Dunedin Hospital came perilously close to a "Code Black" situation recently, the Southern District Health Board has been told.
Code Black is a rarely invoked situation when the hospital is essentially full and patients need to be discharged so new cases can be admitted.
Dunedin has only once entered Code Black, in March this year, and staff moved quickly to get the hospital back to normal seven hours later.
Board chief executive Chris Fleming said the fact the hospital did not reach Code Black showed that new systems introduced following the March incident had worked.
"Things were close according to our metrics, we initiated Code Red and put our escalation plan into place and examined patient flow."
However, board chairman Pete Hodgson was clearly frustrated a Code Black had almost been called two weeks ago.
The board set up a patient flow group following the March incident to try to identify what had caused the event and prevent it happening again, and Hodgson questioned how much progress had been made.
"Two or three Wednesdays ago they were almost ready to move into black again, but there was no Covid in town, there was no seasonal flu in town, there was no bad weather, there was no long weekend and there were no car crashes.
"We have got to get this facility through another seven winters [before the new Dunedin hospital opens] so you can see that patient flow matters.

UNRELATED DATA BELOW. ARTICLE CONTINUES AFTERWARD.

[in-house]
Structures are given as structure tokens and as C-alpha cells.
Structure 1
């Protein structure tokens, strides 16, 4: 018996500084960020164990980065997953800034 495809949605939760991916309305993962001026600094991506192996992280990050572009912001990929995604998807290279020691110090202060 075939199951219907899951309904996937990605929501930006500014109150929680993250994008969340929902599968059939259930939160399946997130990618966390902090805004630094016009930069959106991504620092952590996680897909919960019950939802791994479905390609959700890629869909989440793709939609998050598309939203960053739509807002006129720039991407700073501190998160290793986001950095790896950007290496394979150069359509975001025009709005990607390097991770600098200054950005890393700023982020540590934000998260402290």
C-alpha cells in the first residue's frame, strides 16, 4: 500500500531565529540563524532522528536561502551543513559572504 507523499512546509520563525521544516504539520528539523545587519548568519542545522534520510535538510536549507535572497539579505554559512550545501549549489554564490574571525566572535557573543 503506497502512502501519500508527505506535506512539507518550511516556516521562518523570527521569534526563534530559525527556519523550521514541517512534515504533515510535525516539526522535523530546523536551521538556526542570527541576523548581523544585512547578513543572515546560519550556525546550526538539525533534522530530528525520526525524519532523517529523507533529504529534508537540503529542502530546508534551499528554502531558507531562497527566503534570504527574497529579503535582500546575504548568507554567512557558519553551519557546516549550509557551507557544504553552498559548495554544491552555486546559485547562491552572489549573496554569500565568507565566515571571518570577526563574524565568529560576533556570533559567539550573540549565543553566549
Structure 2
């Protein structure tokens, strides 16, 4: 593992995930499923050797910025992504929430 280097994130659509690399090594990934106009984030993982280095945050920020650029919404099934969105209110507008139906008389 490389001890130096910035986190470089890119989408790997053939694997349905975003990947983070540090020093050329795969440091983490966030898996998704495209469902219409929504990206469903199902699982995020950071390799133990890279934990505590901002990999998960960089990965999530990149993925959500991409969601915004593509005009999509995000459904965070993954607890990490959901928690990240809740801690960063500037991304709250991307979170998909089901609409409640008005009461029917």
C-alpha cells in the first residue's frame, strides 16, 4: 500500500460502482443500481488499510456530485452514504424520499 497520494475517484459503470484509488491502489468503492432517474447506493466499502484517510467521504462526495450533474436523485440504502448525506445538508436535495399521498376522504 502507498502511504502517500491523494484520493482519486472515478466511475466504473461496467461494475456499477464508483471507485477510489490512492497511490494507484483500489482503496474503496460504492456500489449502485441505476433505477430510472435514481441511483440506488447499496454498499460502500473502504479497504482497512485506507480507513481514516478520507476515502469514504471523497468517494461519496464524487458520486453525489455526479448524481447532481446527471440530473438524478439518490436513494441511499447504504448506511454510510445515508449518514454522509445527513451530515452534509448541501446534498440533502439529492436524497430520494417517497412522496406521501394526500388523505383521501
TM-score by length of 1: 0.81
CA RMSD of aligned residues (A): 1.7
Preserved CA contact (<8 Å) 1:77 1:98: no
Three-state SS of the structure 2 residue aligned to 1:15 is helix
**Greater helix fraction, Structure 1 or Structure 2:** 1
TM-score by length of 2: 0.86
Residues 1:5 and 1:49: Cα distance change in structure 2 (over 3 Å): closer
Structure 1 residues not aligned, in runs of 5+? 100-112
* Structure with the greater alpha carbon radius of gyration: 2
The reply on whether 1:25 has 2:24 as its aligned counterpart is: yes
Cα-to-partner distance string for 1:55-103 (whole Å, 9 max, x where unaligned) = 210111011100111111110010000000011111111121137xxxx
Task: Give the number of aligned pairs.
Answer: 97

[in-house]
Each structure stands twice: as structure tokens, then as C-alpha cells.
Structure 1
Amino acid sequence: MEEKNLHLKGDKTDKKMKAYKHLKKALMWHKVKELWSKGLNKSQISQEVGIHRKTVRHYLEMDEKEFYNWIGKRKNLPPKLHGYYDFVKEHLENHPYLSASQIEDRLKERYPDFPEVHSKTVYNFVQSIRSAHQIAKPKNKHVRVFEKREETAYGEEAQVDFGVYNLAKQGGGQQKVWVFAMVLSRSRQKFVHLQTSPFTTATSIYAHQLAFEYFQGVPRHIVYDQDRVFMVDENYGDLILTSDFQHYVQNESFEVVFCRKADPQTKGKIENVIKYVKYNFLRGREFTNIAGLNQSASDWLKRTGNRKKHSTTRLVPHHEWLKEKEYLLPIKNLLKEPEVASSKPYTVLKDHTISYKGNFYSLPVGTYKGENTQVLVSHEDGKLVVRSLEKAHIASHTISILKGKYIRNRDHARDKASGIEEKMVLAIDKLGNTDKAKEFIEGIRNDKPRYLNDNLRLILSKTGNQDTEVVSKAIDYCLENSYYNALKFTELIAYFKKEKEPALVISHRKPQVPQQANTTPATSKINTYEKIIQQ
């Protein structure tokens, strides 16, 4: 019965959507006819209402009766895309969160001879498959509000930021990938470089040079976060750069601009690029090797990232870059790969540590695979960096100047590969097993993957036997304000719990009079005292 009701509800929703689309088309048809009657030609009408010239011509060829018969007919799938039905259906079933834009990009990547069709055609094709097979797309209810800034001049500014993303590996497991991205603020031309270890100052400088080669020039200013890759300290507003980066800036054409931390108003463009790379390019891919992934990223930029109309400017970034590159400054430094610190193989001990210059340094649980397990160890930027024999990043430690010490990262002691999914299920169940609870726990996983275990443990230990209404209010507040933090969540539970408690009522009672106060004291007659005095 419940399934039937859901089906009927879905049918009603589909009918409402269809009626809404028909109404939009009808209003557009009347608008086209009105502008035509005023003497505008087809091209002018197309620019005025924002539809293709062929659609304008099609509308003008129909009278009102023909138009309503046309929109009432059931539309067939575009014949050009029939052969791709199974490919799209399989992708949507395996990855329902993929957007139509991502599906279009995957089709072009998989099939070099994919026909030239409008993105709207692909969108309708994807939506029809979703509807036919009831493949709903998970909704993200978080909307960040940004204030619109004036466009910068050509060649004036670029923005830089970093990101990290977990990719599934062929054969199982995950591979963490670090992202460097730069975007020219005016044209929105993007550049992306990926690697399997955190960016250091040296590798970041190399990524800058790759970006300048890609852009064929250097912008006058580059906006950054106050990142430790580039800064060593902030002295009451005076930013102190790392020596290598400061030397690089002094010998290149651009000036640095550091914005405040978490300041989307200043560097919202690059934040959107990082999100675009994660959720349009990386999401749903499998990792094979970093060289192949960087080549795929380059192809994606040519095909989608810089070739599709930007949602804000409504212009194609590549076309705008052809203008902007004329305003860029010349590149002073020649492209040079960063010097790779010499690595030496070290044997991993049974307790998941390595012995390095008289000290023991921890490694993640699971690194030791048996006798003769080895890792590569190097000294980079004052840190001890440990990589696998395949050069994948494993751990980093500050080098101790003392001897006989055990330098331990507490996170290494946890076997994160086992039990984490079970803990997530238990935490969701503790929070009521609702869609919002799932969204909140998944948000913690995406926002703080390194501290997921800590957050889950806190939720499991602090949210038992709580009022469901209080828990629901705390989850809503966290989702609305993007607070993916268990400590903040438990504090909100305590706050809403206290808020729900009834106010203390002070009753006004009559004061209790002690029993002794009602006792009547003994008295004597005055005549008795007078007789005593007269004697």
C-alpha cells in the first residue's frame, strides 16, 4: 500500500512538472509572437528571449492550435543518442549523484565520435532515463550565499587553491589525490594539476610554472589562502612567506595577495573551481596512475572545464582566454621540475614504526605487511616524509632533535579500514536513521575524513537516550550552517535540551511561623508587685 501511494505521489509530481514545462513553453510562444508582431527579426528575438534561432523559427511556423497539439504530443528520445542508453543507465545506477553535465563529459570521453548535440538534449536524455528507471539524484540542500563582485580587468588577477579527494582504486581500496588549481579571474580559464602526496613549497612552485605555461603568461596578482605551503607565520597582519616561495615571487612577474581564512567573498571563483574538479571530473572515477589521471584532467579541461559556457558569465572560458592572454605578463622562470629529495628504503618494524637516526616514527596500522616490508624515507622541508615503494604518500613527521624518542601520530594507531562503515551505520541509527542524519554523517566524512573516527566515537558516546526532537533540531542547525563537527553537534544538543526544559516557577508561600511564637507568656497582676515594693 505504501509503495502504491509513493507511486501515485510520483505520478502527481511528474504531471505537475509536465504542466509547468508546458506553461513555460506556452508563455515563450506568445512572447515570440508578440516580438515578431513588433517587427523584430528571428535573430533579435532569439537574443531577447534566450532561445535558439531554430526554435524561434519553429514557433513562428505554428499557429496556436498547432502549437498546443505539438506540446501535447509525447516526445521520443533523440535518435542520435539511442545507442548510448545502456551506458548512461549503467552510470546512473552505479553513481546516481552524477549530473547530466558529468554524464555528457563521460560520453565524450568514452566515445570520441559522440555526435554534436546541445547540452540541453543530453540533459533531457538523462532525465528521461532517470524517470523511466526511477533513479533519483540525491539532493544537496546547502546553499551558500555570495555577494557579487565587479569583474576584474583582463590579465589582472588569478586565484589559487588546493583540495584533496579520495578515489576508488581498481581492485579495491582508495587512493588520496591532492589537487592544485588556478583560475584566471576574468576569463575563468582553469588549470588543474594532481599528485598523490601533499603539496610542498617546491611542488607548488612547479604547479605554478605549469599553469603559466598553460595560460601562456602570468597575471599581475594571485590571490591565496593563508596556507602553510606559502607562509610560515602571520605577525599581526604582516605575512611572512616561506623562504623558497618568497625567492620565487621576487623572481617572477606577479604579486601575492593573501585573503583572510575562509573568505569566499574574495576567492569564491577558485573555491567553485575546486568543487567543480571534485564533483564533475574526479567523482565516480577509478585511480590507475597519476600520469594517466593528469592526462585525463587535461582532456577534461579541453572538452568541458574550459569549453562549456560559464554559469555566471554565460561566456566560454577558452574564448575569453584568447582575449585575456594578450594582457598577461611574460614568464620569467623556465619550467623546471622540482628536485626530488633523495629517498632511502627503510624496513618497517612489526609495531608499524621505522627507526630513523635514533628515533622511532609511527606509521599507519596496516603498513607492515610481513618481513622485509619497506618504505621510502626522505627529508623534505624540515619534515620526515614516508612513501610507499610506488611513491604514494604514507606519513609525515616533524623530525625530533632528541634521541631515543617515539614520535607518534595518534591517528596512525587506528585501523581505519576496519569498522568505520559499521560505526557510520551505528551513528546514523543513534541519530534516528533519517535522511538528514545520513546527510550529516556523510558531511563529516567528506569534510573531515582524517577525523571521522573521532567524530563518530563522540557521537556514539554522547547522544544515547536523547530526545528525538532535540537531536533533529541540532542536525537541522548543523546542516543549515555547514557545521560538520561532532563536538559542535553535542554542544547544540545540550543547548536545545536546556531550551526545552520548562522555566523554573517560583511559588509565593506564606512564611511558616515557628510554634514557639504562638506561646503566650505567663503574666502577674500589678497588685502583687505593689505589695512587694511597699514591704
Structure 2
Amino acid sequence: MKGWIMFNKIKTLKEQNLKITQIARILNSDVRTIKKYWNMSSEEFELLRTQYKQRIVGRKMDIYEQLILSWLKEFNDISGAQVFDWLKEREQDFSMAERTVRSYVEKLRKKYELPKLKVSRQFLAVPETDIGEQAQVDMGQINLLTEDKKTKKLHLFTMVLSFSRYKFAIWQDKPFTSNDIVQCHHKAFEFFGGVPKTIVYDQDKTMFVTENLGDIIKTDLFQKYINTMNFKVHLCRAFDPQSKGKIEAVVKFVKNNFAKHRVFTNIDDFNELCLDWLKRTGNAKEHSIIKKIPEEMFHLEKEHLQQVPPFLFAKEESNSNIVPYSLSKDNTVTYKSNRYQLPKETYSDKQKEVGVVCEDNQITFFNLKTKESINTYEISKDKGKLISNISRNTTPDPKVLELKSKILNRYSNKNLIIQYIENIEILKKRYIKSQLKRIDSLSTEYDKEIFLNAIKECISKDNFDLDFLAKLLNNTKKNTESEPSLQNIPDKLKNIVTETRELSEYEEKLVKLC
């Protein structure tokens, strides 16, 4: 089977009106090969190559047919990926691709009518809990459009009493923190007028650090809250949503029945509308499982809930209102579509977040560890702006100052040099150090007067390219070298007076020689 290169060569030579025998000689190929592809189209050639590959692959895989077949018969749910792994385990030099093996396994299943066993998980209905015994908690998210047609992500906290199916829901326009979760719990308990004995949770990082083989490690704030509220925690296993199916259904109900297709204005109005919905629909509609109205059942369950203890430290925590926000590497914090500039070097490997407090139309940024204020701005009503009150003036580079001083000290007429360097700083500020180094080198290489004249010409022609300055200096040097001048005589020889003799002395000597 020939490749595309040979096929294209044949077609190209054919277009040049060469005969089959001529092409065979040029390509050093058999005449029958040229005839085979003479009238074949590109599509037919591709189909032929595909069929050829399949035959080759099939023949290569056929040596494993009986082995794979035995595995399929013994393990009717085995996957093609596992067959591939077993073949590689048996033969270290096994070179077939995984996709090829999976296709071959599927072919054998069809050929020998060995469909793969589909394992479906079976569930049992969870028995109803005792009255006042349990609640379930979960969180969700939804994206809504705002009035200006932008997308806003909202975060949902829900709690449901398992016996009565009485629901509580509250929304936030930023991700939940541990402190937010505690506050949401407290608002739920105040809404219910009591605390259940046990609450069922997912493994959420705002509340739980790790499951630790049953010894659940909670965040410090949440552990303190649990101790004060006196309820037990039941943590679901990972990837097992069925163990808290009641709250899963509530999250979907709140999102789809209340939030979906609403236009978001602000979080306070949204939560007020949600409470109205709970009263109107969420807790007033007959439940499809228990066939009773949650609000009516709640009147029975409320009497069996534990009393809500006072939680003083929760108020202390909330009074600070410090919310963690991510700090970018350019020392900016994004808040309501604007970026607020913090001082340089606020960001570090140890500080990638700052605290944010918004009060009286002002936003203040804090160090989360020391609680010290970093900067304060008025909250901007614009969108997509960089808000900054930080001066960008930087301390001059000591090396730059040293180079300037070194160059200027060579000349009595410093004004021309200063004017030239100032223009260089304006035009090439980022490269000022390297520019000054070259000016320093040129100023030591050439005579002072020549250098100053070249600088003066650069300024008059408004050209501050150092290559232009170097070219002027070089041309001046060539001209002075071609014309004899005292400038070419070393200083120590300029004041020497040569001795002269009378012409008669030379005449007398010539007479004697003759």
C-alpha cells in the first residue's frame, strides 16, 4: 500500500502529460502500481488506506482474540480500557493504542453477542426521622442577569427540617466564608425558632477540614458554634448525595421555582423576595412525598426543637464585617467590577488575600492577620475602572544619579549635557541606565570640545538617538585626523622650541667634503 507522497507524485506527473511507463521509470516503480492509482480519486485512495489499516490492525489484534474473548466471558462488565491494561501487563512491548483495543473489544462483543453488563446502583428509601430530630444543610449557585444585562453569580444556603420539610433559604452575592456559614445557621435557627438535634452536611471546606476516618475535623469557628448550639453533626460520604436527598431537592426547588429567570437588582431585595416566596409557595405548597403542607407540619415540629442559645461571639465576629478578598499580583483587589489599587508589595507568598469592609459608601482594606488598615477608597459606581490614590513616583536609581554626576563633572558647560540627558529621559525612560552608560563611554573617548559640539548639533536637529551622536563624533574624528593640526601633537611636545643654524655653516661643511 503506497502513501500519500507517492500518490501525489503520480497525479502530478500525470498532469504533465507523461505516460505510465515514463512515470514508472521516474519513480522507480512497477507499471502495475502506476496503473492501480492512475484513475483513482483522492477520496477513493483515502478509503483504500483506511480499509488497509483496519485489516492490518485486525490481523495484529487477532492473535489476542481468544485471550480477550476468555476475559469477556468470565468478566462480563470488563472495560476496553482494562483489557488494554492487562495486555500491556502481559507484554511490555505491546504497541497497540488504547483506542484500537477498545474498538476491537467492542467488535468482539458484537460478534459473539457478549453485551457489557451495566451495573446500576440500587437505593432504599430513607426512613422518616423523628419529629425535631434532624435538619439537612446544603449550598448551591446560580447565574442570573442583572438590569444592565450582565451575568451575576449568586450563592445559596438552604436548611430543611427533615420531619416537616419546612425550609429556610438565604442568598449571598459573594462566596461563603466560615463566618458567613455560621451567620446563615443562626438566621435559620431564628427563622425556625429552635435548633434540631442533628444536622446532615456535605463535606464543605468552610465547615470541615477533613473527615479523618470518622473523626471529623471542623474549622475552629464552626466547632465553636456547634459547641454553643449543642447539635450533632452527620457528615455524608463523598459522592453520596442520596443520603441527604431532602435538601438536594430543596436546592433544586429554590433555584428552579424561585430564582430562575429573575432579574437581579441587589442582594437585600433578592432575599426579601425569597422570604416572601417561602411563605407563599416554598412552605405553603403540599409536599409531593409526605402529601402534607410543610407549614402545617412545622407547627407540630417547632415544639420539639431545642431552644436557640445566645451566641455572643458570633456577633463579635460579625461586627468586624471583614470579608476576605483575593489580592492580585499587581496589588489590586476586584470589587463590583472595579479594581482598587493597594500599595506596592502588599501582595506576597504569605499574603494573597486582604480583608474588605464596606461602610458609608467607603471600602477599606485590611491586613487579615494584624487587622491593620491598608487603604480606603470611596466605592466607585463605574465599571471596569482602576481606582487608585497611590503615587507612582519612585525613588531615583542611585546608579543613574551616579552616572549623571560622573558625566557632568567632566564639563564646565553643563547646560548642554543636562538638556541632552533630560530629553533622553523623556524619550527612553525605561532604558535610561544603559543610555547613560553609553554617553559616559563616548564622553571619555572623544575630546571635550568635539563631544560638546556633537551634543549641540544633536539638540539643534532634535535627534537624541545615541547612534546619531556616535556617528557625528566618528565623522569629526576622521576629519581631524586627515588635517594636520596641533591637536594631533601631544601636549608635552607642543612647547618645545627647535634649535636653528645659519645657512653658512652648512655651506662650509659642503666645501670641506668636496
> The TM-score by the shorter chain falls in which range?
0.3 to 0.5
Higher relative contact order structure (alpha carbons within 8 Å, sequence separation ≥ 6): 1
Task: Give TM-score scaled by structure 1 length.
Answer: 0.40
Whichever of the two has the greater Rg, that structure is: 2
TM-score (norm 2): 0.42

"This board will not leave this issue alone."
Hodgson said staff dedication to trying to solve the problem had been admirable and he was not doubting their commitment, "but we've got to get the dials to move".
A backlog of patients waiting to be seen in the emergency department (ED) is a sign of pressure on hospital capacity, but it is often caused by patients elsewhere in the building not being discharged rather than a flood of people with urgent cases.
Staff shortages also contribute to the problem.
Fleming said 28 beds in Dunedin Hospital were not in use last week because staff were not available.
Earlier, board member and ED doctor John Chambers said the ED had been under considerable strain in recent weeks, and patients who presented in the evening often faced the prospect of not being seen until some time the following day.
"We have a monthly average for how quickly people are seen but some individual days are much worse than that," Chambers said.
"Essentially many people are not seen the day they arrive.
"If you come in on a Friday you will likely be seen on a Saturday, and that is happening consistently, that some people are not seen all night by a doctor and other staff have to try and keep them safe ... We've got to do better."
Fleming said a recent study showed southern EDs were not seeing any more patients than normal, but patients were showing up with more complex conditions.
Hodgson said Chambers should be taken at his word about conditions in the emergency department.
"If it is getting worse we will need to be responsive to it."